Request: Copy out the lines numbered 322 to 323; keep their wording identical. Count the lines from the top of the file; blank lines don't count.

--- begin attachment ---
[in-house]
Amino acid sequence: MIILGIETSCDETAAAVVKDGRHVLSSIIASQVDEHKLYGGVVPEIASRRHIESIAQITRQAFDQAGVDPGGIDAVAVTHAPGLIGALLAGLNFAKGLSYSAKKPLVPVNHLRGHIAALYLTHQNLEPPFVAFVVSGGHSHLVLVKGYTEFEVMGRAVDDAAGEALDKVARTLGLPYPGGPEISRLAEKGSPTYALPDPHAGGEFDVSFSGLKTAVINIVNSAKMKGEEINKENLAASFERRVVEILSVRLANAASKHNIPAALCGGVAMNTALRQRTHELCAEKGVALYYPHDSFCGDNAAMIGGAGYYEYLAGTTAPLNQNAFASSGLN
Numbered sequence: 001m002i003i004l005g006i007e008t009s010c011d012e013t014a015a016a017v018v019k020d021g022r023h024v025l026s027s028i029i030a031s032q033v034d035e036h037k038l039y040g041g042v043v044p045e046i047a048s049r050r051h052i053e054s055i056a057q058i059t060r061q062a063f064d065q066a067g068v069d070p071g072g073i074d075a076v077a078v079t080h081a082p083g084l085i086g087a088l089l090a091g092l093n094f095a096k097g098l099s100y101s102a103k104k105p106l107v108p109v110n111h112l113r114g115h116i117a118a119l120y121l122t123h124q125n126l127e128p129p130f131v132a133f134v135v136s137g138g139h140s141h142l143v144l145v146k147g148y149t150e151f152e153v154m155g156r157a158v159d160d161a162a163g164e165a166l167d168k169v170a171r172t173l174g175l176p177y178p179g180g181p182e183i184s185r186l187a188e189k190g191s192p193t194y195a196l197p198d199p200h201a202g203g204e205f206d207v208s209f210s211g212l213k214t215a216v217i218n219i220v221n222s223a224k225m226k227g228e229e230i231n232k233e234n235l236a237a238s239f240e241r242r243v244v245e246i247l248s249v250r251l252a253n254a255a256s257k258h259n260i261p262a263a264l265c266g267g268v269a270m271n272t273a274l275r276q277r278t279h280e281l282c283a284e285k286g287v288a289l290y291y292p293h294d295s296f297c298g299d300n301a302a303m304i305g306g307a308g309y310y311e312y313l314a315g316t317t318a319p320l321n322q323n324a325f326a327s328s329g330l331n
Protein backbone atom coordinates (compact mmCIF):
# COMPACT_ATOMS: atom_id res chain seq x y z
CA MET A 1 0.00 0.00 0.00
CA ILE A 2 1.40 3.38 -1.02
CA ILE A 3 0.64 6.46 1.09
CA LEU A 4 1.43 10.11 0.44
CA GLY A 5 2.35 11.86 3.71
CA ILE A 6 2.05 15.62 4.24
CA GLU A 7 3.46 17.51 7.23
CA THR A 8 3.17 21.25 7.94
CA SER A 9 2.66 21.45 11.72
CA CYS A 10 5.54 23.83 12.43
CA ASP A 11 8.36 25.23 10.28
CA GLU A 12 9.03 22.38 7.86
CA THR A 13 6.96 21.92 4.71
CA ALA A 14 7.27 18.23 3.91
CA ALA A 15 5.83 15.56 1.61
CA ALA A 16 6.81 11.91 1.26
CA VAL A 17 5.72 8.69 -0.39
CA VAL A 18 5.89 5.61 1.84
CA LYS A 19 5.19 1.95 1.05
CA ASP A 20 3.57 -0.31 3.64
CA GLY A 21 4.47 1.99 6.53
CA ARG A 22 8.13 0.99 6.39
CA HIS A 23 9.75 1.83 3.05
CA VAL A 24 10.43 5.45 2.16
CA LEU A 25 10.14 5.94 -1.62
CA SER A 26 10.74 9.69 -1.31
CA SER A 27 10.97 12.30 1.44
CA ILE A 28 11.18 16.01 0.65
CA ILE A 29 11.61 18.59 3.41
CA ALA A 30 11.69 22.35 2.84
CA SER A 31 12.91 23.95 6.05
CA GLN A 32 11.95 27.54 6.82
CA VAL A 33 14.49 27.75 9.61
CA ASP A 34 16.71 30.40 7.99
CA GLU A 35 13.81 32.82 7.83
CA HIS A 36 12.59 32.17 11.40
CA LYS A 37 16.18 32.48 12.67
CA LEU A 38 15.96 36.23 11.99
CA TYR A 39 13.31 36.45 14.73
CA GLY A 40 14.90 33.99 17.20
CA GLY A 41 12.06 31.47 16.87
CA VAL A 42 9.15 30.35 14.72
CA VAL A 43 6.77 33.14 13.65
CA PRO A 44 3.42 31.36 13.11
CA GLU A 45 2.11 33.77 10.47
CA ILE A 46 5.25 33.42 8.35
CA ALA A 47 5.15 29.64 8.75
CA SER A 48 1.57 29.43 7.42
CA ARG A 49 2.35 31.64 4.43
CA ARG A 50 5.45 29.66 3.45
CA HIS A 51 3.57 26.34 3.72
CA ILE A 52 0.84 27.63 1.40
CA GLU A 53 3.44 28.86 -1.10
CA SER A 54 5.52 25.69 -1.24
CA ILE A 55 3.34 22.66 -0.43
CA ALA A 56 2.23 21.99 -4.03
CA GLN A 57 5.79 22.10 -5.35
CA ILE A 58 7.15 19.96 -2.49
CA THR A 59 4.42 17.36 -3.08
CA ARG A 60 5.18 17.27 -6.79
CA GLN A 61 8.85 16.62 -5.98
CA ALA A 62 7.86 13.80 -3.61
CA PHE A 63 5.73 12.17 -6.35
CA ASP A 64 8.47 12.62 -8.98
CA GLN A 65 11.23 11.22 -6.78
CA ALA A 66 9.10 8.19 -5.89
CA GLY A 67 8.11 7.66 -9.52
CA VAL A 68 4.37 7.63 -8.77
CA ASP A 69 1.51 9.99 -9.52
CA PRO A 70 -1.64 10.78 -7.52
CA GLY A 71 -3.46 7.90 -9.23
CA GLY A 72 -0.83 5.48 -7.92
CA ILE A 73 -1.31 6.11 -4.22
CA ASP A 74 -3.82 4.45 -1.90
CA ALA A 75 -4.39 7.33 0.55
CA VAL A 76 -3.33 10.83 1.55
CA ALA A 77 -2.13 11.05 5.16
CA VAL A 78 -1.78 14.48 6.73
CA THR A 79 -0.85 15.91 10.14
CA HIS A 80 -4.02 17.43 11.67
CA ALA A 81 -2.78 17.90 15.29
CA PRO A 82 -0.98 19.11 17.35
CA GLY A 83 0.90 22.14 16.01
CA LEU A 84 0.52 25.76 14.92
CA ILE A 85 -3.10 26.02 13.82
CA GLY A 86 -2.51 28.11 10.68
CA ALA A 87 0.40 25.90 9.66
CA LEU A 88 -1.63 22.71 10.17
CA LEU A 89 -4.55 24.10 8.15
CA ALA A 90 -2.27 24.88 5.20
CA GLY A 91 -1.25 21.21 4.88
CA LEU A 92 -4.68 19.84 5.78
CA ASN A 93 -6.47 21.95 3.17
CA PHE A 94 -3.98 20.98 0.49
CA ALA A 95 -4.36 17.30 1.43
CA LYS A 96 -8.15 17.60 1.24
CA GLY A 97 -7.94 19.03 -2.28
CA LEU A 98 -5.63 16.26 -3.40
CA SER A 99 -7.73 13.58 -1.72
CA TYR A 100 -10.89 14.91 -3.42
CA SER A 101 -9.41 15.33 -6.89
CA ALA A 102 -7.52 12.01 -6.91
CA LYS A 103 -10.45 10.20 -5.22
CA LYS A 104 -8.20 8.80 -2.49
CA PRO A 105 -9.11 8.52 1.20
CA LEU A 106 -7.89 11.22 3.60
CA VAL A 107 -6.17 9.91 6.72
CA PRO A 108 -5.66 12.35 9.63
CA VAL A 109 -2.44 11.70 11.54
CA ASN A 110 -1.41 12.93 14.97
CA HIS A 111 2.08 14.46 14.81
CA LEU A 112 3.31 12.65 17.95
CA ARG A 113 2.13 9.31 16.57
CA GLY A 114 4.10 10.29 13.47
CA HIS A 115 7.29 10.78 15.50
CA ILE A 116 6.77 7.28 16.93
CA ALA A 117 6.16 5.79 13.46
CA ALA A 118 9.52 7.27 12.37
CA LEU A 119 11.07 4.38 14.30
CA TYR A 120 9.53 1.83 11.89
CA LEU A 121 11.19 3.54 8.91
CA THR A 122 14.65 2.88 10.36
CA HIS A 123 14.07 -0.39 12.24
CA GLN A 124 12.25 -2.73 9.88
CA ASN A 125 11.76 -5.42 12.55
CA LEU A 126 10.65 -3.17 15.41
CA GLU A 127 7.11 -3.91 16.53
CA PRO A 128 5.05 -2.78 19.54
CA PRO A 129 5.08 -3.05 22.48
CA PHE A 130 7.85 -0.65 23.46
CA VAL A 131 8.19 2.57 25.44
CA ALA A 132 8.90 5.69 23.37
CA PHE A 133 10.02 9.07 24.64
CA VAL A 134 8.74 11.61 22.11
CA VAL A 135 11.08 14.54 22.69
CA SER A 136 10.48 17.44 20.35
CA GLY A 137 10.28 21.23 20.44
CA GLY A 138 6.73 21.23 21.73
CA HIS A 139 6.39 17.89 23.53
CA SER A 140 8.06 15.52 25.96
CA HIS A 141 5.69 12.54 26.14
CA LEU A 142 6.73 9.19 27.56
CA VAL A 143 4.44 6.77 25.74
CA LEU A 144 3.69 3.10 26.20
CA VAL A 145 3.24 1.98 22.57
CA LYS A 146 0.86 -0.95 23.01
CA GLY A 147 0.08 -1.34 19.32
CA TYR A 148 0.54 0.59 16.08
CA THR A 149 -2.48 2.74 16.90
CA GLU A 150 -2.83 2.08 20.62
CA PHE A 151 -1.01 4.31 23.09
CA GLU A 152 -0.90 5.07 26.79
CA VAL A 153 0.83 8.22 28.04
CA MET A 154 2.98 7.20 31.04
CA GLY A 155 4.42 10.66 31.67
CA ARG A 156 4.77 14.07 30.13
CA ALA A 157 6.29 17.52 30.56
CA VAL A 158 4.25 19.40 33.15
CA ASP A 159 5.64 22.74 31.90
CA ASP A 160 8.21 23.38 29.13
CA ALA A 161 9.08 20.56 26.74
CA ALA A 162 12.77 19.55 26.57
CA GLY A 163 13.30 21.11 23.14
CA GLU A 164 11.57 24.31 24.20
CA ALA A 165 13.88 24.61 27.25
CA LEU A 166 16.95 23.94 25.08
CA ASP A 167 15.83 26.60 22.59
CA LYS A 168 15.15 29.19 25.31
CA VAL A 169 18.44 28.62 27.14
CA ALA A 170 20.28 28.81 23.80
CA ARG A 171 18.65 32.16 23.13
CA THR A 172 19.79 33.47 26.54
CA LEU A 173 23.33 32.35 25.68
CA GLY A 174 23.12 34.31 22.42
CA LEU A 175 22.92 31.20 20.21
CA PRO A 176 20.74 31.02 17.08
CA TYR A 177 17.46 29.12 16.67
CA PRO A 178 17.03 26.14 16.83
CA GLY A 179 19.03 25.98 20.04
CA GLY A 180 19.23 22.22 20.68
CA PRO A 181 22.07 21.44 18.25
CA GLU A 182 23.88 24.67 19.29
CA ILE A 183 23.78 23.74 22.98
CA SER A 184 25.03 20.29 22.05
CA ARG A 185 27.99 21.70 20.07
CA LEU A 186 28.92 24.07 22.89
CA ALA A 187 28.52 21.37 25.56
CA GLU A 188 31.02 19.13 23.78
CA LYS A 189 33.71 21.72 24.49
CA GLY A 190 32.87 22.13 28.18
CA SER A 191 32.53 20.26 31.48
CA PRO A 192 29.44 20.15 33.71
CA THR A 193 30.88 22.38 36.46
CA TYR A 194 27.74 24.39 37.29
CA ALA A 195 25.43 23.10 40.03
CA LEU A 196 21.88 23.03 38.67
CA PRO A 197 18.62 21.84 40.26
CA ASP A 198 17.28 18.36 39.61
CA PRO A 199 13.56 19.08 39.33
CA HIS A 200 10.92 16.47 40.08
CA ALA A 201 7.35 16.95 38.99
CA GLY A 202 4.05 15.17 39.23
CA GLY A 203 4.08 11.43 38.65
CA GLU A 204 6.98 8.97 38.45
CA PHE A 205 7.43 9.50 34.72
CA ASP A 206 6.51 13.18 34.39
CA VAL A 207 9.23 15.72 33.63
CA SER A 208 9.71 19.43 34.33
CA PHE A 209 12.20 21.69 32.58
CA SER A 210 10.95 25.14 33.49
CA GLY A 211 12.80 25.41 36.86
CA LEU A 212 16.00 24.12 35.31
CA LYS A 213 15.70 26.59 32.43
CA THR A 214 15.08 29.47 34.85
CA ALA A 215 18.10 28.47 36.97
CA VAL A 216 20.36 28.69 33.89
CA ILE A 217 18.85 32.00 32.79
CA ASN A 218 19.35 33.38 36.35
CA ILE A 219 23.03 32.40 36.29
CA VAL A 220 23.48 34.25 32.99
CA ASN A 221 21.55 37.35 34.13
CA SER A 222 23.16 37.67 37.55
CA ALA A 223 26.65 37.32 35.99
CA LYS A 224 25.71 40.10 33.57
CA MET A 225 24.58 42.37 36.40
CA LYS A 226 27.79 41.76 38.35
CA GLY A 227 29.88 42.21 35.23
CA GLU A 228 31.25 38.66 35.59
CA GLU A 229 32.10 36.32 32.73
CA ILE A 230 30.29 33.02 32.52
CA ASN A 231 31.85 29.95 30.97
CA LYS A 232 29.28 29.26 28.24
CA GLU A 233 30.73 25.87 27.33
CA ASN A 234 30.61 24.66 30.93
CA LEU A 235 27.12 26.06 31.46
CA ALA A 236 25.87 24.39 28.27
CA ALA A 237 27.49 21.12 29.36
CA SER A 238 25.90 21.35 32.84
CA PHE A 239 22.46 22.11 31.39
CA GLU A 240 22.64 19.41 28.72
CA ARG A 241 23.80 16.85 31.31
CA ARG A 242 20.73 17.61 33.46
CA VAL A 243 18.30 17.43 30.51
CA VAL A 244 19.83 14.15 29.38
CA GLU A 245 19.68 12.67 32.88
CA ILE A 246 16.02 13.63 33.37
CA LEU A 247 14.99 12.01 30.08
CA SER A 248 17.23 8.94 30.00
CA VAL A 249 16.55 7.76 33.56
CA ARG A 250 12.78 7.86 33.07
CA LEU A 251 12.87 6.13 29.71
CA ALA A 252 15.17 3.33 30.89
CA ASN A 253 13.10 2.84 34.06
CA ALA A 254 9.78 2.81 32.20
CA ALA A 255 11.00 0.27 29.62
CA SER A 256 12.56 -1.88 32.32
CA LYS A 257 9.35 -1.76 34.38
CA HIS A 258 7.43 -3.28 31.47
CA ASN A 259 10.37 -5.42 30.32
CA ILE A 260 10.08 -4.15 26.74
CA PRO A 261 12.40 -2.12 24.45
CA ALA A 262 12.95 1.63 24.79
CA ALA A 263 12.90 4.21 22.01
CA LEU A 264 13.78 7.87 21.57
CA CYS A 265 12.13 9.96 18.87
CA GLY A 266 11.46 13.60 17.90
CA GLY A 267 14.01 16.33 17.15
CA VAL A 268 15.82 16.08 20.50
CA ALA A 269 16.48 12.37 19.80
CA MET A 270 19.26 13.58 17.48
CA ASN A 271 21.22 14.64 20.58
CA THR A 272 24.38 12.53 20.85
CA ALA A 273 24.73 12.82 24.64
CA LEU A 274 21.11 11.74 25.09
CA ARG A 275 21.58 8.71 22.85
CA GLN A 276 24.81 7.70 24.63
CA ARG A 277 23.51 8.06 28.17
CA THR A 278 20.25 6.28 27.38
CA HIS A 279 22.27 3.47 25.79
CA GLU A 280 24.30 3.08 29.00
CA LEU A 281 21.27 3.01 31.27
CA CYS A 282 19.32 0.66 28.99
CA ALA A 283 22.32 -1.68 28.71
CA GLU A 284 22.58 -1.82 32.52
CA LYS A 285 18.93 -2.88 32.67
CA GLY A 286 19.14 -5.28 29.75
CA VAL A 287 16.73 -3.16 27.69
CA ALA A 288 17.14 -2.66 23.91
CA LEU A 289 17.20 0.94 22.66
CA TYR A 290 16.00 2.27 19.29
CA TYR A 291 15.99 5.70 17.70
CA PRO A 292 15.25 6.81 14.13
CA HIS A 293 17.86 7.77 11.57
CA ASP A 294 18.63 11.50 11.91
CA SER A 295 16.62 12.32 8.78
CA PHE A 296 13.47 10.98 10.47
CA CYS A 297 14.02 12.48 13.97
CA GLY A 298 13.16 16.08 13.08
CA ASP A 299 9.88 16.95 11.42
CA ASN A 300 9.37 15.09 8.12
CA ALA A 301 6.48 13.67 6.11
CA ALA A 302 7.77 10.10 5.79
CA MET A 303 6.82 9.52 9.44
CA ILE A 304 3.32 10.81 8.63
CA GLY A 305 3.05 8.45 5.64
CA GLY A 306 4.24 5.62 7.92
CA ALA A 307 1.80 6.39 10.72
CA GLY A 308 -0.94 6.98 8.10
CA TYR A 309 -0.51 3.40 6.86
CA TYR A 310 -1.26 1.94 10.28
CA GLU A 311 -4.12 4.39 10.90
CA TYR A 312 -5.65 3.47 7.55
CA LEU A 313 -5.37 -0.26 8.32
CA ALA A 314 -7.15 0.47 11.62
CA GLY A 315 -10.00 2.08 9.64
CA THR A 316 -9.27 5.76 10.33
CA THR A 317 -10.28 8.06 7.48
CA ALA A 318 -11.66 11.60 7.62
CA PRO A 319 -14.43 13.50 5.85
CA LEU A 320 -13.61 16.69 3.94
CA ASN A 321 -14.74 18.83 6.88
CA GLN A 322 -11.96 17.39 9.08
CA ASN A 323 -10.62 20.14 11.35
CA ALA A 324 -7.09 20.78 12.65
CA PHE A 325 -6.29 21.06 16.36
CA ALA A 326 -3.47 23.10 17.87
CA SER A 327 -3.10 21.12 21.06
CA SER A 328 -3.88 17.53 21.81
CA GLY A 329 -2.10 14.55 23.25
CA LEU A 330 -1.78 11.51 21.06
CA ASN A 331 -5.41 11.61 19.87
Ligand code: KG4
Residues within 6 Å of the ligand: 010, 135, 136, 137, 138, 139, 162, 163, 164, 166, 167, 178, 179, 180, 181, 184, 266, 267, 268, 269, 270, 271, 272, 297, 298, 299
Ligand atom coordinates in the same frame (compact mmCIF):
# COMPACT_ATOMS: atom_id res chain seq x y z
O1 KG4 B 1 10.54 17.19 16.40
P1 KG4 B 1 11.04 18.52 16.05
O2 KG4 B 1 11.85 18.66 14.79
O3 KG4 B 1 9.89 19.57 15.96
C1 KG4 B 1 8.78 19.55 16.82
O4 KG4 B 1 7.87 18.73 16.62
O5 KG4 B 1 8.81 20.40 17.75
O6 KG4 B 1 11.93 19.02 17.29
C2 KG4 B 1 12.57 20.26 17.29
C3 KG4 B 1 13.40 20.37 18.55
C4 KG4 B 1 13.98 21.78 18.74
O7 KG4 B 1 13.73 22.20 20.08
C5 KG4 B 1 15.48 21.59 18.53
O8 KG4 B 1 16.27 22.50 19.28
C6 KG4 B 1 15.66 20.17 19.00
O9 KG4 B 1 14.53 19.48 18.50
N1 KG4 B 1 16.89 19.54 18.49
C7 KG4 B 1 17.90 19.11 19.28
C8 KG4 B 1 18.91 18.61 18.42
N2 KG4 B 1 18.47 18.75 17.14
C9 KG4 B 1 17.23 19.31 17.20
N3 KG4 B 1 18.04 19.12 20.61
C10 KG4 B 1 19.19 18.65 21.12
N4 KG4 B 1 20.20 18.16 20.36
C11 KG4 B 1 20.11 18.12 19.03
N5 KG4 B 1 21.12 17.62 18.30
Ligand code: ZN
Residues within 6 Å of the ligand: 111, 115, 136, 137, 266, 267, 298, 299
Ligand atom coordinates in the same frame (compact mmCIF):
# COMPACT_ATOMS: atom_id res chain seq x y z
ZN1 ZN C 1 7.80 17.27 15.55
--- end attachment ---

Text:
CA THR A 317 -10.28 8.06 7.48
CA ALA A 318 -11.66 11.60 7.62